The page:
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    Here’s a somewhat lengthy post that I’ve been meaning to make for some
time. I’ve seen no mention of it on LM_NET yet, so I thought I’d alert you
to this hacking experience we had earlier this year at our high school. We
had three student hackers wreak havoc on our school network this past year.
They were using a program called “WinNuke” which can crash any Mac or
Windows 3.11/95/NT computer (a keyword search on any search engine will pull
up info on this…). Any media person that has some responsibility for
supervision of computers on a Mac/Windows network should be aware of this
WinNuke program (which is easily downloadable from the Internet), because
any student hacker of modest deviousness is likely aware of it.
     At its most basic, the ‘nuking’ causes various computers on a network
to freeze. A simple reboot usually solves the problem. The student hacker
enters an IP address and the WinNuke locks up that computer.
     Computer freeze-ups are a fact of technology life, but this hacking
really intensifies the problem. The ‘nuking’ caused significant loss of data
for both students and teachers. The frequency of the crashes accelerated
through the 5 or 6 weeks that it took us to narrow the problem down to three
students. We first thought the incessant freeze-ups were a problem of our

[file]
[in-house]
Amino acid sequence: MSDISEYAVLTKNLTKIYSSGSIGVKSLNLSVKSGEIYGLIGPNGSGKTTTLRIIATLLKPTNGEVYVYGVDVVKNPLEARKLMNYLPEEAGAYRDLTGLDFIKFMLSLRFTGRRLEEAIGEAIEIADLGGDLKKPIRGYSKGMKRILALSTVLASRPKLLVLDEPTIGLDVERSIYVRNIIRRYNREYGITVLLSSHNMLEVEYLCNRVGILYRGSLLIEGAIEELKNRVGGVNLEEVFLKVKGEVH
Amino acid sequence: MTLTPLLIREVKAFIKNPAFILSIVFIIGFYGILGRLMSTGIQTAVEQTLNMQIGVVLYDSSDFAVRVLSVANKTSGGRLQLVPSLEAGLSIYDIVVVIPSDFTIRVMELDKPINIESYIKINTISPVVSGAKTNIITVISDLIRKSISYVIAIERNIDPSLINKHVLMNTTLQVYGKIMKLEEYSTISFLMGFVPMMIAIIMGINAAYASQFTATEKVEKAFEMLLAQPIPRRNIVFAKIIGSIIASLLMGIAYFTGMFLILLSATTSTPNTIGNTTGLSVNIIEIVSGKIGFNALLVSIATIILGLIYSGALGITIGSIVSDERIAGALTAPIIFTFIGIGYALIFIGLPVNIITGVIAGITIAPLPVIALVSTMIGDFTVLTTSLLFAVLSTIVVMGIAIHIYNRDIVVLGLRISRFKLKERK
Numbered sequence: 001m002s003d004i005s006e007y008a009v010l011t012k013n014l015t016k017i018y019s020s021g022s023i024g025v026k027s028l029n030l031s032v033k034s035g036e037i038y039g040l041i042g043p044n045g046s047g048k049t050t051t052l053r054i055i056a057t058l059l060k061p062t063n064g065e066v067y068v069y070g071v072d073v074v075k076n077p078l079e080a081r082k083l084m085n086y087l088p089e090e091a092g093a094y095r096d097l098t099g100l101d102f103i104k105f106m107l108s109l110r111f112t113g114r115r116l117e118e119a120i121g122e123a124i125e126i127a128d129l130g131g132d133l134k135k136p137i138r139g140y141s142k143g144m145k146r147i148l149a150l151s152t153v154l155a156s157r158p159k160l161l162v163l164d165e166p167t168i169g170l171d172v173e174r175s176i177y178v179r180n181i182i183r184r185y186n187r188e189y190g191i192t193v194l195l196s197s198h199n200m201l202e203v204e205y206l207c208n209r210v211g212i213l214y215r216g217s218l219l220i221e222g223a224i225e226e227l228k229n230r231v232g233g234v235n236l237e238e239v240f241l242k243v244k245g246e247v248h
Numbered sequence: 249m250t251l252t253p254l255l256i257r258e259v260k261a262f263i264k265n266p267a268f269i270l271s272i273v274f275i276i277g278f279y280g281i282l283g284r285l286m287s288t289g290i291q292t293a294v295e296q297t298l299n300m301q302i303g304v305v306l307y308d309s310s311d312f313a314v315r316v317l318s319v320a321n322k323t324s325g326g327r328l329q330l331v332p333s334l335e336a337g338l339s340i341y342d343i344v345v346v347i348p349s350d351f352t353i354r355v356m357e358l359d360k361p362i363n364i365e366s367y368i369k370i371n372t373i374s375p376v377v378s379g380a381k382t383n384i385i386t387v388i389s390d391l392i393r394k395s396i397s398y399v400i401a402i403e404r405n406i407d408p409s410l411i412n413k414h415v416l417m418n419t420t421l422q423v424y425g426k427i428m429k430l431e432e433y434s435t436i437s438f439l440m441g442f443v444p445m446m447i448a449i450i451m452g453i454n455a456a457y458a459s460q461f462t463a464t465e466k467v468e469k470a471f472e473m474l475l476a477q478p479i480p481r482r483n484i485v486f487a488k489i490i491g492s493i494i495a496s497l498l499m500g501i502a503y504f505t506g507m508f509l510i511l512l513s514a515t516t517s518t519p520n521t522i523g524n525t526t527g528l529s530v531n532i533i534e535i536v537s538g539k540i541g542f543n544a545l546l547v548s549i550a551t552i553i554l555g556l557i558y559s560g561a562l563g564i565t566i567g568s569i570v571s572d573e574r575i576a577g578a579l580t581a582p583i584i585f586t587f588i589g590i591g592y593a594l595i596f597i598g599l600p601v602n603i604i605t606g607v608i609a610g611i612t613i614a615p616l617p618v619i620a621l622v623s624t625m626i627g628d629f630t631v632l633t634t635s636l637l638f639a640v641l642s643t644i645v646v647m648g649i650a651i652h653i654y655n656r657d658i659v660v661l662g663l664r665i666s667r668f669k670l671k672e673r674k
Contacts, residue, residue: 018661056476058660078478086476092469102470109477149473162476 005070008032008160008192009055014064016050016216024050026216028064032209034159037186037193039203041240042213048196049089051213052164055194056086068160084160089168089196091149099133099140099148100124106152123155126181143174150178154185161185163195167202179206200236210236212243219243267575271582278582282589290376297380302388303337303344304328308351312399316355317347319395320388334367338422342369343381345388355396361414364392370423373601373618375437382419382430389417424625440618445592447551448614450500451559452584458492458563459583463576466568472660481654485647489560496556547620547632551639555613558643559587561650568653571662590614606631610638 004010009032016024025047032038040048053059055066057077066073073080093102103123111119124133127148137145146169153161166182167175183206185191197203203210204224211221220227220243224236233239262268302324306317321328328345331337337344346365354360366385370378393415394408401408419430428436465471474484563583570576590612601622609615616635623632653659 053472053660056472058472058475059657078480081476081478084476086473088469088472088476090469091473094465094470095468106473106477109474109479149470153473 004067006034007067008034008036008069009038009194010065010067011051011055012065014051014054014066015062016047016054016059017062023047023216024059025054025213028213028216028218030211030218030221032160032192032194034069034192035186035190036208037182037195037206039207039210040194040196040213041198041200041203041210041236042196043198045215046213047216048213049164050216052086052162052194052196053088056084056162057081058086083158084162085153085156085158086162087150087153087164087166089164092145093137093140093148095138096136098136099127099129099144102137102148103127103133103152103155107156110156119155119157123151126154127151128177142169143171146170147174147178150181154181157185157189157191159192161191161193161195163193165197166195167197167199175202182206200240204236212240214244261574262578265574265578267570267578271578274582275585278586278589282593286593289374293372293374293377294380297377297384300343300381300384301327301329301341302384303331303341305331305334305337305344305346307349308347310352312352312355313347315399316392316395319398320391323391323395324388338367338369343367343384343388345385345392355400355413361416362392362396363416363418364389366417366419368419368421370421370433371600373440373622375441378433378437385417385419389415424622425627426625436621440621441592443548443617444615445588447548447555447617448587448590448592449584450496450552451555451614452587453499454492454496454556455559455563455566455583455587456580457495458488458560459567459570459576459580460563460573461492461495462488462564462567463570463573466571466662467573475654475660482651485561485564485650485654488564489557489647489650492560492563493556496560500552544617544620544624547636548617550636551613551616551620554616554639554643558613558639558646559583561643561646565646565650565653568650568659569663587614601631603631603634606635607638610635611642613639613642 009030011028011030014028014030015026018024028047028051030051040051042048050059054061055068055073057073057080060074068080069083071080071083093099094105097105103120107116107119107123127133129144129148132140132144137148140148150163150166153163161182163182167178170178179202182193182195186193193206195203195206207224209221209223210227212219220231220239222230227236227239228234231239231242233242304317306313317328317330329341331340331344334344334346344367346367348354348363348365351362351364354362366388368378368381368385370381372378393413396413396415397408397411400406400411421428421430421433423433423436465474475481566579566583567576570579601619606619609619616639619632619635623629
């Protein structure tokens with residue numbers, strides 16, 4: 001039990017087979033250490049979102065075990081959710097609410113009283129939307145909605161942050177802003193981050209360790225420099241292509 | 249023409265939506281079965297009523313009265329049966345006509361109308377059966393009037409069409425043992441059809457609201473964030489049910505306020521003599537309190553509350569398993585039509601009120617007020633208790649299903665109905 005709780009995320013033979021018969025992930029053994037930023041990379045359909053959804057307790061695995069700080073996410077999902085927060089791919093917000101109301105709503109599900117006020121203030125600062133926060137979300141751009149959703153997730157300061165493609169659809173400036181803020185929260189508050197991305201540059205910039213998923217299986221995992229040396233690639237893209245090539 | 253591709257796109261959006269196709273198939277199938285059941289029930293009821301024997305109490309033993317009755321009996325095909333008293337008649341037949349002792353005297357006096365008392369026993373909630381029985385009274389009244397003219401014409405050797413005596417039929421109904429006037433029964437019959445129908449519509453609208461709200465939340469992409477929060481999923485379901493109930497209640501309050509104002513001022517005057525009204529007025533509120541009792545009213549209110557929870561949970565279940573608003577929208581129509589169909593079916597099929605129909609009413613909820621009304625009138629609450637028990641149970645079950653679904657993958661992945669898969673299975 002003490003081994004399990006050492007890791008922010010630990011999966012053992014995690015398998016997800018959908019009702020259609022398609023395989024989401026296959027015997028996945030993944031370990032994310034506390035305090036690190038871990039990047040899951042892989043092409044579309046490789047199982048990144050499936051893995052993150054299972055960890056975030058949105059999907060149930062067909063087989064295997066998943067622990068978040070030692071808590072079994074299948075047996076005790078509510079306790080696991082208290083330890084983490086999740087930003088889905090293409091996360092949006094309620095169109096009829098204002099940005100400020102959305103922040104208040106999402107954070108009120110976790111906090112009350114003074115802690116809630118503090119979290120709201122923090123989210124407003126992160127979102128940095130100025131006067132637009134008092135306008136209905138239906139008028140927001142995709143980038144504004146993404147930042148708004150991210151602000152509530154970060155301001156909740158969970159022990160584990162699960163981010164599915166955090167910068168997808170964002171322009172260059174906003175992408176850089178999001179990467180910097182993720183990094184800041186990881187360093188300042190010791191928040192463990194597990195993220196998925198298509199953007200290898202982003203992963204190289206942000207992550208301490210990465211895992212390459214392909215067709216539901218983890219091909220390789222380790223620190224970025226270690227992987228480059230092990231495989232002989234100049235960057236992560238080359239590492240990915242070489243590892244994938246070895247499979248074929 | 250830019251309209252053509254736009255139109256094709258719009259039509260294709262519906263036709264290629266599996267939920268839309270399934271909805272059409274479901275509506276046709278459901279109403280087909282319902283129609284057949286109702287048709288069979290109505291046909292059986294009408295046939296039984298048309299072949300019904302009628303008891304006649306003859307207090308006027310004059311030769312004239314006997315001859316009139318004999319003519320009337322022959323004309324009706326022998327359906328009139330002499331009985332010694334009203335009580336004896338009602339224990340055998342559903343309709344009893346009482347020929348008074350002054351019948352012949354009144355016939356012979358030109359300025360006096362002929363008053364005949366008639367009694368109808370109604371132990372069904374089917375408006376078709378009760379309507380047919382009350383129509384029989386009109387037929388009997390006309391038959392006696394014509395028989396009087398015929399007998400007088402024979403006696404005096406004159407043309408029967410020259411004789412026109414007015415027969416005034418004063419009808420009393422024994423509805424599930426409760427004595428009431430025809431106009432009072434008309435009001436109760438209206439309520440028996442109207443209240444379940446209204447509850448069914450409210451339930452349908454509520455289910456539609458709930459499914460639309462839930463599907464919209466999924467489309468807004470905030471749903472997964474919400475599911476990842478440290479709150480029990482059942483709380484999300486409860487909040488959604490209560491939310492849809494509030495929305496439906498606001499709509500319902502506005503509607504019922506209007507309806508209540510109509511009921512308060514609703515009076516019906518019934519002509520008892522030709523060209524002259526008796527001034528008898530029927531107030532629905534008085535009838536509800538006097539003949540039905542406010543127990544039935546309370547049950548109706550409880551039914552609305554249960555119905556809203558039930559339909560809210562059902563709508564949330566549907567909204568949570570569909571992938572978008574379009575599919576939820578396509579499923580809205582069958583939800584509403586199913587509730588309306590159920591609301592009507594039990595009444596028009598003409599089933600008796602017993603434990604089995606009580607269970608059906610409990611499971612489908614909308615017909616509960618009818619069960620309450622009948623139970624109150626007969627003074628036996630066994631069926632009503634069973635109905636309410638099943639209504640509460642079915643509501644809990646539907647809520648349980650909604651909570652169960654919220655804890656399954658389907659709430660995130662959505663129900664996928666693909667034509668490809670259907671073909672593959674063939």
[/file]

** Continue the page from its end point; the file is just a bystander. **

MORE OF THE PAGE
new OS or network (Windows 95/NT 4.0) and/or our new computers. Eventually
we determined that the crashes were occurring at certain parts of the day
(usually when our two labs were at their busiest – when the hacker could be
lost in the crowd). Thus, these ‘blue screens of death’ were especially
troublesome for larger numbers of students and teachers, at especially
crucial times, and especially for many of the students who were not
diligently saving their work.
     An equally disturbing part of this is that Microsoft was aware of this
hack on their systems, and they were very, very slow to first, acknowledge
the problem, and secondly, to devise a patch for the problem. Those patches
are now available on the Internet for both Mac and Windows computers.
     If you read further about WinNuke, you’ll find that use of this program
can be a federal offense (and the students kept arguing that “all it did was
freeze the computer….”). We pursued charges and restitution (for our
technician's time and troubles) through the police department. You’ll also
read about some other hacking software (OOBNuke, Jolt, SSPING, IceNuke,
etc.) that is available for easy download from the net.
     This was my first exposure to hacking, my first exposure with any
involvement in tracking down the perpetrators, and my first subsequent
exposure to seeking more information about these programs (programs that can
easily be researched by both hackers and hackees on the Internet).
     As a post script, we weren’t able to discipline one of the student
hackers because he soon after moved away to Arizona. We later heard that he
was expelled from school there for using this same program. This brings up
another interesting issue . . . when students who have been involved in
hacking, transfer from one school to the another, should administrators be
obligated to share that information with the student's next school?

Keith Johnson, Media Director
New Prague Senior High School
221 12th St. NE
New Prague, MN 56071
Ph. 612-758-1217

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